Artificial intelligence (AI) is set to upend nearly every industry. It’s a technology that will deliver astronomical gains in productivity, dramatic cost reductions, and tremendous advances in research and development. With AI set to increase global GDP by more than $15.7 trillion by 2030, it can be easy to assume that the technology can be nothing but an unfettered good. That would be a dangerous mistake.
AI, like any technology, can have detrimental personal, societal, and economic effects: some common concerns include the fact it provides tools that can be exploited by criminals to compromise the cyber security of individuals and organisations, or that the predictive abilities of AI raise a swathe of privacy concerns. However, perhaps one of the most sinister possibilities for AI is that it will be used to erode the accountability structures within powerful organisations while perpetuating existing unjust biases along protected characteristics such as age, sex, or race.
Markets tend towards ends that may not prioritise the ethical and moral principles of individuals. While there are fantastic initiatives in the development of standards for AI, such as the IEEE Ethically Aligned Design or the ISO standards for AI, we can’t rely on self-regulation to make this technology work. Instead, we must protect our ethics by creating fit-for-purpose regulatory frameworks, which will compel best practices and mitigate malicious activity in the sector.
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The social challenges of AI
The two challenges that I believe make a compelling case for a regulatory regime, as mentioned, are the issues of bias and the issue of accountability.
It is known AI can perpetuate undesirable social biases if it’s improperly designed, developed, or deployed. This is because data inherently carries the same biases that societies have developed throughout history. This means that if a model is trained with biased data that overrepresents or underrepresents certain traits, outcomes, or groups, then that model can end up making socially unjust decisions on the basis of that bias. For example, many AIs that are tasked with policing across America are trained with now-falsified data regarding associations between crime and race, which causes those models to bias their decision-making against ethnic minorities.
When it comes to accountability, there is a level of ambiguity when it comes to the responsibility of individuals and organisations involved throughout the design, development and operation of AI systems. Consider the case of a person who is knocked over by a self-driving car – who do we hold responsible? Traditionally, vehicle manufacturers were responsible for damage caused by the design of their vehicles, but AI opens up a complex chain of accountability that enables buck-passing: one could argue it was the manufacturer, a software developer that was contracted to develop the driving AI, the compliance officer who signed off the AI, or the industry group that approved specifications for self-driving AI at fault.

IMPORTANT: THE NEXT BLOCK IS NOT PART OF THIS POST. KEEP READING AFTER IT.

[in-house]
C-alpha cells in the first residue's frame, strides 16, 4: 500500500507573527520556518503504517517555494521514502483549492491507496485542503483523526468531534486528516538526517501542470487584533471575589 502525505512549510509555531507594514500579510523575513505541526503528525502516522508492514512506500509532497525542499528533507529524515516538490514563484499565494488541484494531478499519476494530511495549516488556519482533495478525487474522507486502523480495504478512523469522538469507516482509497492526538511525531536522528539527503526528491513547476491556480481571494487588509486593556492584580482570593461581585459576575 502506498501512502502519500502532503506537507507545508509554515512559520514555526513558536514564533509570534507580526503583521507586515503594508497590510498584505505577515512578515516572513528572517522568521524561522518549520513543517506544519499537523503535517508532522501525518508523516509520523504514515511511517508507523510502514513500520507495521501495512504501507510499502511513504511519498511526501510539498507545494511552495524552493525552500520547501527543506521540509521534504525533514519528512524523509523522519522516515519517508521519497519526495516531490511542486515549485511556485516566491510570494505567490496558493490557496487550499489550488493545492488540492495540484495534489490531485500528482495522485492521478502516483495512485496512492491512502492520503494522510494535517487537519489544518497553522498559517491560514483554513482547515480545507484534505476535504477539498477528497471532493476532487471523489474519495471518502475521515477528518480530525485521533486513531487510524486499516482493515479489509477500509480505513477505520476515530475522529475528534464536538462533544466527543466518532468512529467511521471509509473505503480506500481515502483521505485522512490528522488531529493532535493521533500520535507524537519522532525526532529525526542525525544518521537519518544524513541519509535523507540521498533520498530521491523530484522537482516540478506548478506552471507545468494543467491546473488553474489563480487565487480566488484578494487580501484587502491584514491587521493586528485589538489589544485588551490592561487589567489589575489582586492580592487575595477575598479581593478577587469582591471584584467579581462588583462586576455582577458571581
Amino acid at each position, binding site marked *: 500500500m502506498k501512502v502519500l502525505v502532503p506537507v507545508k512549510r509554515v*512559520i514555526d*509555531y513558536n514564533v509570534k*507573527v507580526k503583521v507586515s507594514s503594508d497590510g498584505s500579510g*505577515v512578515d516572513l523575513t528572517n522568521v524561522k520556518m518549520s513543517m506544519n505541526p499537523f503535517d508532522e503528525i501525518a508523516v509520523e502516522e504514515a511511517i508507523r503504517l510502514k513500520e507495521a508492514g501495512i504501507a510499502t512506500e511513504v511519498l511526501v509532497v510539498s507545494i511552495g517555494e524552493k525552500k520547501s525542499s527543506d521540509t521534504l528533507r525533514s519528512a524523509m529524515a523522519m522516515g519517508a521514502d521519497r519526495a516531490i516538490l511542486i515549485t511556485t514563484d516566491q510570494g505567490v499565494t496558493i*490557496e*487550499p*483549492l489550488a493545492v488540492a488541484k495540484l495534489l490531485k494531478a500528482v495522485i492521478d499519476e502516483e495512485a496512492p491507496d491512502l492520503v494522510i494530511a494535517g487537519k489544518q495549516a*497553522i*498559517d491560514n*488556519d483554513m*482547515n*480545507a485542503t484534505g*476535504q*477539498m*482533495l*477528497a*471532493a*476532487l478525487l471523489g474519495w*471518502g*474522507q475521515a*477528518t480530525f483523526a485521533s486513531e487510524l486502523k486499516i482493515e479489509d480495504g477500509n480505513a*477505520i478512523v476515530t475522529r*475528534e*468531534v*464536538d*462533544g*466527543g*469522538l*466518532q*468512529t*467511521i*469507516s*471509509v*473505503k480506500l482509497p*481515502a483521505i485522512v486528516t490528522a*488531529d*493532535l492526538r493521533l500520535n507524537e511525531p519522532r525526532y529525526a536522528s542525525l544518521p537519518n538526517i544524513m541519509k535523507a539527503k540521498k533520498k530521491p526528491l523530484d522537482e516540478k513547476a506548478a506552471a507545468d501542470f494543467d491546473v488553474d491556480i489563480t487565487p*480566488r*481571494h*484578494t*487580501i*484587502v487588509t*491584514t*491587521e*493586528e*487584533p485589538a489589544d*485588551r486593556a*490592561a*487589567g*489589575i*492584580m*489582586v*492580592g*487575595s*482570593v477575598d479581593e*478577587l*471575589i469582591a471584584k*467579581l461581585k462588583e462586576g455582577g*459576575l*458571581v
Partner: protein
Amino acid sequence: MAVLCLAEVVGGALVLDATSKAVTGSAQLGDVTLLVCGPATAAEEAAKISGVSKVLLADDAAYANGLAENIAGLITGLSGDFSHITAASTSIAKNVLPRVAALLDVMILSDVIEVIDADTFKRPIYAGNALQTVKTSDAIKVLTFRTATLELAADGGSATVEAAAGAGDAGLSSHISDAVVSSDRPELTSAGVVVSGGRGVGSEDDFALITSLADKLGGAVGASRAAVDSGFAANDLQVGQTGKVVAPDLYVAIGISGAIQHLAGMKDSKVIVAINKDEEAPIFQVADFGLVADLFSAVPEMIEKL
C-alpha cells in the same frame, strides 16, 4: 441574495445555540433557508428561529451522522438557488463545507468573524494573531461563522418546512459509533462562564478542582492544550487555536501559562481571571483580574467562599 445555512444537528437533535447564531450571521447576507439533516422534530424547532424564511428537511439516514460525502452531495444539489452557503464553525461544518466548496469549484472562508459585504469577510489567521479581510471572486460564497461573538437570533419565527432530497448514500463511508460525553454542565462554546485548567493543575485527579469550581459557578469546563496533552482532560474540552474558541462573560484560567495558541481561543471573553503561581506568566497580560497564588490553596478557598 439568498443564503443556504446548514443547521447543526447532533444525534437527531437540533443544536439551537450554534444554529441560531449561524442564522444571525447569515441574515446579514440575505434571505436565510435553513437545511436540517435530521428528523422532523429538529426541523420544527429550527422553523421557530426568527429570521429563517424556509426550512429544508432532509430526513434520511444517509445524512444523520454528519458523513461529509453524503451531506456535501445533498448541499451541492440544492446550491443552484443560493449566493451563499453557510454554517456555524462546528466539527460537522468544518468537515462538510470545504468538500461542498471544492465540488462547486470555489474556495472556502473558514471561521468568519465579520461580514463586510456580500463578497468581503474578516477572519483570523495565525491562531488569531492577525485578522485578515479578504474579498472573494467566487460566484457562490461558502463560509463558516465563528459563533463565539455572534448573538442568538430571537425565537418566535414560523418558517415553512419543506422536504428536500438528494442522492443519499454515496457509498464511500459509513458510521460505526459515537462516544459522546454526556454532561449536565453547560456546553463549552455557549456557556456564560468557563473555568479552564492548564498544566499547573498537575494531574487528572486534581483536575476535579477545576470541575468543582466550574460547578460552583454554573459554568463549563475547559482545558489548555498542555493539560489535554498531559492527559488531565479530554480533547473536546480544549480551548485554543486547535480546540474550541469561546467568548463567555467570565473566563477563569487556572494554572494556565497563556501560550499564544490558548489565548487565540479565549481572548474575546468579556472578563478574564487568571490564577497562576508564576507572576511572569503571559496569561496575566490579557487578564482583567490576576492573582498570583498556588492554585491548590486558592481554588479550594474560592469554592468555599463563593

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The network of stakeholders who can claim a degree of culpability means that those seeking restitution or justice for the wrongs made by an AI could face a bureaucratic nightmare. Considering that AI models can make major decisions that affect a person’s future – from approving a mortgage to whether a person comes under suspicion by law enforcement – this inability by an individual to hold an organisation to account can render a person powerless to push back against incompetence or malevolence by institutions.
Why regulation is the solution to these challenges
Thankfully, experts have made inroads in developing tools and processes against both of the above social problems.
To mitigate bias, those working in AI know how to be more rigorous in selecting the training data. In cyber security, there is an acknowledgement that although it’s impossible to introduce a magical silver bullet that makes a system unhackable, it’s possible to introduce processes and touchpoints that ensure best practices that mitigate cyber security loopholes.
Use cases for AI and ML in cyber security
Similarly, in the context of algorithmic bias, it’s possible to introduce relevant processes and best practices that ensure undesired biases are mitigated. By leveraging the knowledge of domain experts and AI explainability techniques, organisations are able to mitigate risks and introduce interpretability into critical processes. This ensures systematic biases from training data is minimised, and thus prevents models from making discriminatory decisions. When it comes to restoring accountability, we can also introduce relevant touchpoints throughout the AI lifecycle which places humans into the decision-making process, ensuring there is an accountability structure throughout the entire process.
However, we cannot expect private industry to ensure the above practices are widely implemented. Instead, these best practices to combat bias, restore accountability, and improve explainability have to be incentivised from outside. This is why AI is calling out for a regulatory environment. To accomplish this, policymakers and developers will need to come together and engage in collaboration across their disciplines so as to balance technical, social, and legal demands.
An additional effect of regulatory compliance is that it will beget more confidence and stability in the field. If implemented properly, a good regulatory regime that compels adoption of best practices for AI deployment can create new jobs to carry out these practices, attract more investment into the industry, and spur yet more innovation to allow AI to be humane, along with being transformative.